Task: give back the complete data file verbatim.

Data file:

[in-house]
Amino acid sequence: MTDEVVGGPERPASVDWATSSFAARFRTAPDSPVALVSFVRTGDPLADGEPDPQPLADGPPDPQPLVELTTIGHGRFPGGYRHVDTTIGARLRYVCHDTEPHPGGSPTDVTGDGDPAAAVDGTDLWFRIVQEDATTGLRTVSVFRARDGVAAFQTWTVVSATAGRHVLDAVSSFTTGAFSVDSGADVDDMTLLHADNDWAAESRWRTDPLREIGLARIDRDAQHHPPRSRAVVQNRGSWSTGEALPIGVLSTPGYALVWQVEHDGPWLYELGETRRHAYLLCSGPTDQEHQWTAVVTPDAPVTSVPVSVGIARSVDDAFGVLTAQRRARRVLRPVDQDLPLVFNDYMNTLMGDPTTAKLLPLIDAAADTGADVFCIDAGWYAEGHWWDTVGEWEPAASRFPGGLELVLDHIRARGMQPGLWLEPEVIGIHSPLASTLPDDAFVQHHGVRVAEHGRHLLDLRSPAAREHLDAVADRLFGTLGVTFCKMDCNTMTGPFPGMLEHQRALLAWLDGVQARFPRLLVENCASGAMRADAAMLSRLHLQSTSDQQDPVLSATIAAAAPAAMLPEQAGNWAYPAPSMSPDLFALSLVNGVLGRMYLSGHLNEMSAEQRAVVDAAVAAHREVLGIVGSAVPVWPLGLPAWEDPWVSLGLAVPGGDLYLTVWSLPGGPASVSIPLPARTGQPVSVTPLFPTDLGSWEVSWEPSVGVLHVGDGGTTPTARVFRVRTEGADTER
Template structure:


[in-house]
Amino acid sequence: MTDEVVGGPERPASVDWATSSFAARFRTAPDSPVALVSFVRTGDPLADGEPDPQPLADGPPDPQPLVELTTIGHGRFPGGYRHVDTTIGARLRYVCHDTEPHPGGSPTDVTGDGDPAAAVDGTDLWFRIVQEDATTGLRTVSVFRARDGVAAFQTWTVVSATAGRHVLDAVSSFTTGAFSVDSGADVDDMTLLHADNDWAAESRWRTDPLREIGLARIDRDAQHHPPRSRAVVQNRGSWSTGEALPIGVLSTPGYALVWQVEHDGPWLYELGETRRHAYLLCSGPTDQEHQWTAVVTPDAPVTSVPVSVGIARSVDDAFGVLTAQRRARRVLRPVDQDLPLVFNDYMNTLMGDPTTAKLLPLIDAAADTGADVFCIDAGWYAEGHWWDTVGEWEPAASRFPGGLELVLDHIRARGMQPGLWLEPEVIGIHSPLASTLPDDAFVQHHGVRVAEHGRHLLDLRSPAAREHLDAVADRLFGTLGVTFCKMDCNTMTGPFPGMLEHQRALLAWLDGVQARFPRLLVENCASGAMRADAAMLSRLHLQSTSDQQDPVLSATIAAAAPAAMLPEQAGNWAYPAPSMSPDLFALSLVNGVLGRMYLSGHLNEMSAEQRAVVDAAVAAHREVLGIVGSAVPVWPLGLPAWEDPWVSLGLAVPGGDLYLTVWSLPGGPASVSIPLPARTGQPVSVTPLFPTDLGSWEVSWEPSVGVLHVGDGGTTPTARVFRVRTEGADTER
Template structure: